Professional writers and novelists don’t work alone. They almost always rely on early readers, editors and proofreaders who turn their manuscripts into polished products.
But what about executives and entrepreneurs? Consider the last report, marketing collateral or page of web copy you wrote or reviewed. You probably spent hours getting the messaging right, but how many more did it take to check for typos and grammar mistakes?
Researching product messaging and positioning is a good use of time for an entrepreneur. And they should consider how their website looks and feels. However, diminishing returns sets in when they spend hours pouring over the result looking for errors and typos.
A writer can work on another project or book while their editor reviews a manuscript. And an entrepreneur can move onto another business area, such as product development or hiring, if they outs ource the writing process correctly.
How To Work With Other Writers
Typically, a developmental editor fixes the structure of a document, report or book. A copy editor revises sentences and paragraphs for tone and clarity. A proofreader addresses spelling mistakes and grammar errors such as misplaced apostrophes. Depending on your writing skills, you could employ the services of all three or just one.
You could even hire a copywriter to compose all of your marketing materials, including ebooks, social media, creative and web copy. A good copywriter will charge thousands of dollars, but you should expect a professional, polished deliverable.
If you’d rather produce copy in-house for a lower budget, you can still outsource the final parts of the project for a modest amount. PaperTrue is an example of a company that provides copy editing and proofreading services. Based in India, the company employs over 100 editors and works with writers, academics, entrepreneurs and executives around the world. The company charges approximately €35 to edit 1,000 words of copy for clients.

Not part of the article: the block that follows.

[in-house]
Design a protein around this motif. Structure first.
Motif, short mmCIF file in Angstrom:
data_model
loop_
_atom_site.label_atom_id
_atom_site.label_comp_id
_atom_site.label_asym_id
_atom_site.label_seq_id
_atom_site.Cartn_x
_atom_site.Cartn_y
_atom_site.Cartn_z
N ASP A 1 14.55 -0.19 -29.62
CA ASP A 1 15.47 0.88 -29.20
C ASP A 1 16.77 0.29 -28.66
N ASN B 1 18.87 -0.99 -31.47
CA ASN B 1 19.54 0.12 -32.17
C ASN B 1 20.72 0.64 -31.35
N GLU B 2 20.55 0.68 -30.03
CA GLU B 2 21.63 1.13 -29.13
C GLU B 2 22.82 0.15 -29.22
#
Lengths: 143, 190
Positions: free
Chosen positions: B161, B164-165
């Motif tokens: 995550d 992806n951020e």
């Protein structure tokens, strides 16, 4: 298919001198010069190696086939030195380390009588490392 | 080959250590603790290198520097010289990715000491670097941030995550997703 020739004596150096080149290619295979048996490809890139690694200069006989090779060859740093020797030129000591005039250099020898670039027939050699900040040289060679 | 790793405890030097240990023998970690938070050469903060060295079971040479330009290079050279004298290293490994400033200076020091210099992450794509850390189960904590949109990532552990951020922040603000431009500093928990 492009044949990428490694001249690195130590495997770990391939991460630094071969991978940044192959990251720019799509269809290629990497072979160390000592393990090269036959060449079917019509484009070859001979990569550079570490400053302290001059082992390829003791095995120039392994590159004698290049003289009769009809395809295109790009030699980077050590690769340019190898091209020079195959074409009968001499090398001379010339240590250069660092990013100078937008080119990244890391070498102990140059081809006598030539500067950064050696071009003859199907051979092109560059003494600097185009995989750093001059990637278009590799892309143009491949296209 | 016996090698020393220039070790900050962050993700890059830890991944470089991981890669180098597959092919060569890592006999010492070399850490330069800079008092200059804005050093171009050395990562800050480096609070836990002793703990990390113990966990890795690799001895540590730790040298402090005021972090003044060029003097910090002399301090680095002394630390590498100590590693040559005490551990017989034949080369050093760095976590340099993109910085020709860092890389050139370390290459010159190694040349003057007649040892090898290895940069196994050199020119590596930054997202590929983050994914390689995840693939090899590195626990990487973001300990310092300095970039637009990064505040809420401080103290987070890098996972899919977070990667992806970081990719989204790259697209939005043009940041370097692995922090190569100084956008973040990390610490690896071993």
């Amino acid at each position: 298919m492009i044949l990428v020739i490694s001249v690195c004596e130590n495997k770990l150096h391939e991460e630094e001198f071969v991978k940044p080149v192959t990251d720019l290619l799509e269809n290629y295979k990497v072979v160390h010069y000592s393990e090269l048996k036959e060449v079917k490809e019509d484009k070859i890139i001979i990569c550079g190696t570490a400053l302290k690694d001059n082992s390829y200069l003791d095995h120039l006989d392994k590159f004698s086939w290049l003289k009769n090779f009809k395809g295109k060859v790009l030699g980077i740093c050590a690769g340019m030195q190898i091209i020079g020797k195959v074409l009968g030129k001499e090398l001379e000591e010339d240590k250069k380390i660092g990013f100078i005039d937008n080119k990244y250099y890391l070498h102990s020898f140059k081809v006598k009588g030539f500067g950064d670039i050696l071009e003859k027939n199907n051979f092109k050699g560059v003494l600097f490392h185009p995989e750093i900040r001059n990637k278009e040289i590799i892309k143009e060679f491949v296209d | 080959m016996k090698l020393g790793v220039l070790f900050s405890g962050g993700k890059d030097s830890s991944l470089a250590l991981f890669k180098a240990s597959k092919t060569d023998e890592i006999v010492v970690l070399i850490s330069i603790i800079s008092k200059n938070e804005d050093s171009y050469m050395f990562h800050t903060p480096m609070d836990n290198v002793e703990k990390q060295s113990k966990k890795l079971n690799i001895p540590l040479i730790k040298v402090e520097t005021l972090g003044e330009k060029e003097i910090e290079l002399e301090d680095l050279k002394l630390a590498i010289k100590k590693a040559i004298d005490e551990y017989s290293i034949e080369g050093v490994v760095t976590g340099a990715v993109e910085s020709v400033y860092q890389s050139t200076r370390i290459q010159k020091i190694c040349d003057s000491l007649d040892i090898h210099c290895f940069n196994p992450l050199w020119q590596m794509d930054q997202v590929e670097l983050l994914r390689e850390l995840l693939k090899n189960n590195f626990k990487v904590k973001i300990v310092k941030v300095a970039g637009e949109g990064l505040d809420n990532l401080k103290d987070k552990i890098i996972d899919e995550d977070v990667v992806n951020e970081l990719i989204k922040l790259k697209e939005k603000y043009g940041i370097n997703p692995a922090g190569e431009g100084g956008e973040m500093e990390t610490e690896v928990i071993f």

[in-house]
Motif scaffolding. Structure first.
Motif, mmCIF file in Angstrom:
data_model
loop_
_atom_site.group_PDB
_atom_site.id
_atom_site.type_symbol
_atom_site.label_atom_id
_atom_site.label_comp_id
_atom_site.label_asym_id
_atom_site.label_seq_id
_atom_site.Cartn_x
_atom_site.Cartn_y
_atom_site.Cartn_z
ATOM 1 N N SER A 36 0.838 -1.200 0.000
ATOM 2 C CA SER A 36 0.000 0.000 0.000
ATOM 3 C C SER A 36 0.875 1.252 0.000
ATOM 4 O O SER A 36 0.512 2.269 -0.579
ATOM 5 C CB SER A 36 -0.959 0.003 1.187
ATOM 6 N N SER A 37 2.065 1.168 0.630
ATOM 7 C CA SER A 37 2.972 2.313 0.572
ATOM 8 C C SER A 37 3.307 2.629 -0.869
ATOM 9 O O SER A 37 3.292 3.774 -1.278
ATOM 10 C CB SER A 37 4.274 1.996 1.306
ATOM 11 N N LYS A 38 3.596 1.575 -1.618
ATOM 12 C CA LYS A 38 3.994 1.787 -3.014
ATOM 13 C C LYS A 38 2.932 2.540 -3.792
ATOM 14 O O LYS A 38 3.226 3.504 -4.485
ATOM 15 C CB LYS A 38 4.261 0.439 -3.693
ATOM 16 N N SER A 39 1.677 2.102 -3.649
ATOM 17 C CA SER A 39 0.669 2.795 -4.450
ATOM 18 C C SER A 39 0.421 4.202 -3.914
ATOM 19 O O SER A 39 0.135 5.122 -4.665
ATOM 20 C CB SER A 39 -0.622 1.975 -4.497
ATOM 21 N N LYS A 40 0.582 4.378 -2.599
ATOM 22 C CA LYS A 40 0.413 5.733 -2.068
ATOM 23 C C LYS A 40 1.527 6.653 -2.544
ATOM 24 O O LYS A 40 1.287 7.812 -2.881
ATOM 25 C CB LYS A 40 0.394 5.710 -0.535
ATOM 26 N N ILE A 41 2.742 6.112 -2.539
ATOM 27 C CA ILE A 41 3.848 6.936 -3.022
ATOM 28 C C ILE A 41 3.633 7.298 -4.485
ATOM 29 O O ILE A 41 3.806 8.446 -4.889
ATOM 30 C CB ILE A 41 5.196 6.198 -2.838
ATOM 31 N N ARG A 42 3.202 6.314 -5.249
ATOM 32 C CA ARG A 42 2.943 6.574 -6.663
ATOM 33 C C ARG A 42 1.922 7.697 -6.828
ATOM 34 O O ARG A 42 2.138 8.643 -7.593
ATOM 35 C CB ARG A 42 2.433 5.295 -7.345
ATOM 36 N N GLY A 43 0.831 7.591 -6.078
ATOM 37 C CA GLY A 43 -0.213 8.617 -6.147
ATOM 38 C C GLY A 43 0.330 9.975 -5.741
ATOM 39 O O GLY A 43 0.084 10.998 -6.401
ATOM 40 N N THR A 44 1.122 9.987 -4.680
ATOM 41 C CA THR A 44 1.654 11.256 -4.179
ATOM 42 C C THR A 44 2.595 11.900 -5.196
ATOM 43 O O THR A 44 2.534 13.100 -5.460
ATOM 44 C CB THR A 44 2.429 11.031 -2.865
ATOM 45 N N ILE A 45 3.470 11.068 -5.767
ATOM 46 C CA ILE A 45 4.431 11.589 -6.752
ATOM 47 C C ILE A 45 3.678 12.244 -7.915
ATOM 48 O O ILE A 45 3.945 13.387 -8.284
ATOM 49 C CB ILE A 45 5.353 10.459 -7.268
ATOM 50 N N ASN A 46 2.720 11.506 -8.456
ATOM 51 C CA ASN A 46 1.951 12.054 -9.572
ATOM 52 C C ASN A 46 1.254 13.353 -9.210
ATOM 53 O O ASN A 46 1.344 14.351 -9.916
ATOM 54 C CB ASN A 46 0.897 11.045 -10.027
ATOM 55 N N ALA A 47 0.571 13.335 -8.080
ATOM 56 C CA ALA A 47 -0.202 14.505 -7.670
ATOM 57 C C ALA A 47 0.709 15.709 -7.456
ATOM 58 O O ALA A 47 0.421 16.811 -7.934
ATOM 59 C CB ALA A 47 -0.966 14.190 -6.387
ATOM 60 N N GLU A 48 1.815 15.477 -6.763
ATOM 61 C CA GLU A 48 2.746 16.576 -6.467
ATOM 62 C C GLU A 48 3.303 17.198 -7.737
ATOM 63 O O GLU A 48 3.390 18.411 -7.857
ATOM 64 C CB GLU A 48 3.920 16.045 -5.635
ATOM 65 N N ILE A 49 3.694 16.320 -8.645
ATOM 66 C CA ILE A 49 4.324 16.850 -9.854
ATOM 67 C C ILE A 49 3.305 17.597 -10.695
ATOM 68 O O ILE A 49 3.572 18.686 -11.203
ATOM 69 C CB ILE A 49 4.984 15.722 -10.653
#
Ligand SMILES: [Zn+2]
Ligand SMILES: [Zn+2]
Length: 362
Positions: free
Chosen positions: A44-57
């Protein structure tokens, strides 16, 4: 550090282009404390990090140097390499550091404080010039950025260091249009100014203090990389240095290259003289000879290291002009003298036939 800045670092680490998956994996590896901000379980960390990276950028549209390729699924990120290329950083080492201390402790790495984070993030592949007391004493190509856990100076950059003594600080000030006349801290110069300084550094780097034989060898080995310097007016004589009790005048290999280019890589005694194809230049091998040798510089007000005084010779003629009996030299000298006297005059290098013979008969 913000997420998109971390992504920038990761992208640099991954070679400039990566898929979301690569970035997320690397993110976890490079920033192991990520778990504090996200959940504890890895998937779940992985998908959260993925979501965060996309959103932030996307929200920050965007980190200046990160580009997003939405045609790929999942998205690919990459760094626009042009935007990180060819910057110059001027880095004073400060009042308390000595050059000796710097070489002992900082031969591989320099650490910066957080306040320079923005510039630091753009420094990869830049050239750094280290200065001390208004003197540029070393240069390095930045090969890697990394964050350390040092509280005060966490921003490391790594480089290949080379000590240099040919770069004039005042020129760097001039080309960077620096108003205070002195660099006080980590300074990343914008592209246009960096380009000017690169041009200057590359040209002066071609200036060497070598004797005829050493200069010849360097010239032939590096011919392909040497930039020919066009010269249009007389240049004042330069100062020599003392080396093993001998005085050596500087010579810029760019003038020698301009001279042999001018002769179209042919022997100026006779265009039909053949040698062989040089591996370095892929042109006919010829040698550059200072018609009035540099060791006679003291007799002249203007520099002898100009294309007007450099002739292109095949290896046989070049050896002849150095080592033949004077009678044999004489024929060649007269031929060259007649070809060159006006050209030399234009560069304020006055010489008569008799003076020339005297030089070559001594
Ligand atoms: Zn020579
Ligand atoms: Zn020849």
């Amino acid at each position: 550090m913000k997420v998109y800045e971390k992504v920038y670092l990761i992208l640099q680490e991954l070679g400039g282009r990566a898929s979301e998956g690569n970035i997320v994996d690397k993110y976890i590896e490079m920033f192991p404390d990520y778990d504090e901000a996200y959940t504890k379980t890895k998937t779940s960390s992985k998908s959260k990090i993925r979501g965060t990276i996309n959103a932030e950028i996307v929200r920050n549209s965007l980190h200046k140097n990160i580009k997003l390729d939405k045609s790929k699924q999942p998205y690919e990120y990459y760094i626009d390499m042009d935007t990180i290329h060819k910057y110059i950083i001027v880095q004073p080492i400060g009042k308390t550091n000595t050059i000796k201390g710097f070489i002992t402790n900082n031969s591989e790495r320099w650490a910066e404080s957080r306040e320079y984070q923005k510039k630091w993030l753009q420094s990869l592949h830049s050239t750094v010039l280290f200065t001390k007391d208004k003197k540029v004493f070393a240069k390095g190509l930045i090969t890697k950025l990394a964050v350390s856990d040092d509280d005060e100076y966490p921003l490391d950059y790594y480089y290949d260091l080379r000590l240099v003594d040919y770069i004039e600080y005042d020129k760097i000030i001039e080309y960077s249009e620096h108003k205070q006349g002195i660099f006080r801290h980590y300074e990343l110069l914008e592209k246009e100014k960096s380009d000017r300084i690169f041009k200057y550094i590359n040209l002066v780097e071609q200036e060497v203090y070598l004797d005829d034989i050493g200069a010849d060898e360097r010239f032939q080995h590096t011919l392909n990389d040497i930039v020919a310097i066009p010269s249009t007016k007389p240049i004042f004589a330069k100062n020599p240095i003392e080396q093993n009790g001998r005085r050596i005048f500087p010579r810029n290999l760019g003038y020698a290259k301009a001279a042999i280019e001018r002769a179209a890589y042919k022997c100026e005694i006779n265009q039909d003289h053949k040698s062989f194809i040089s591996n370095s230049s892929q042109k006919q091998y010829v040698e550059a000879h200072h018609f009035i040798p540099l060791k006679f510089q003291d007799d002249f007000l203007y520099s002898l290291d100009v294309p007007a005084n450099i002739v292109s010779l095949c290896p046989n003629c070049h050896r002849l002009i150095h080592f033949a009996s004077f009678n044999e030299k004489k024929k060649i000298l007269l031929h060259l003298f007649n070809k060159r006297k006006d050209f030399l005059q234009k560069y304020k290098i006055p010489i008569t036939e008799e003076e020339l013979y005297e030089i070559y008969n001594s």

CEO Neha Vaidya explained up to 10% of PaperTrue’s clients “need their marketing material, their annual reports, their business proposals, their websites proofread, corrected for tone, for clarity.”
A professional editor should return your marketing collateral or web copy marked up with amends that don’t change the intention of the piece. In other words, research shouldn’t go to waste.
“One of our commandments for our editors is ‘Thou shall not change the meaning of a sentence,'” says Vaidya. “We return a clean file where we have implemented all the changes, and it has some comments in it. And that is a tracked file, which shows you all the changes that we have made. And we leave it up to you to either accept or reject some changes.”
While writing a book this past year, I spent hours poring over The Chicago Manual of Style. Looking back, this wasn’t a great use of time. Even if you’re not writing a book, a typical report often includes facts requiring citations and graphics that must be formatted correctly. Although not fun, consistency demonstrates professionalism.
Again, you can shave hours off the workday by hiring someone who understands how to cite and reference sources correctly.
“Even if you’re great at English, you know how to write well, you know how to format…you will always need a second pair of eyes,” says Vaidya. “You could have missed out on something. We’re human beings, after all.”
Typos and grammar mistakes are embarrassing. Believe me, I’ve made more than my fair share over the years. Although it’s never fun getting an email from a client, boss or reader about one, errors are relatively easy to fix. Sometimes, all you need is a little help.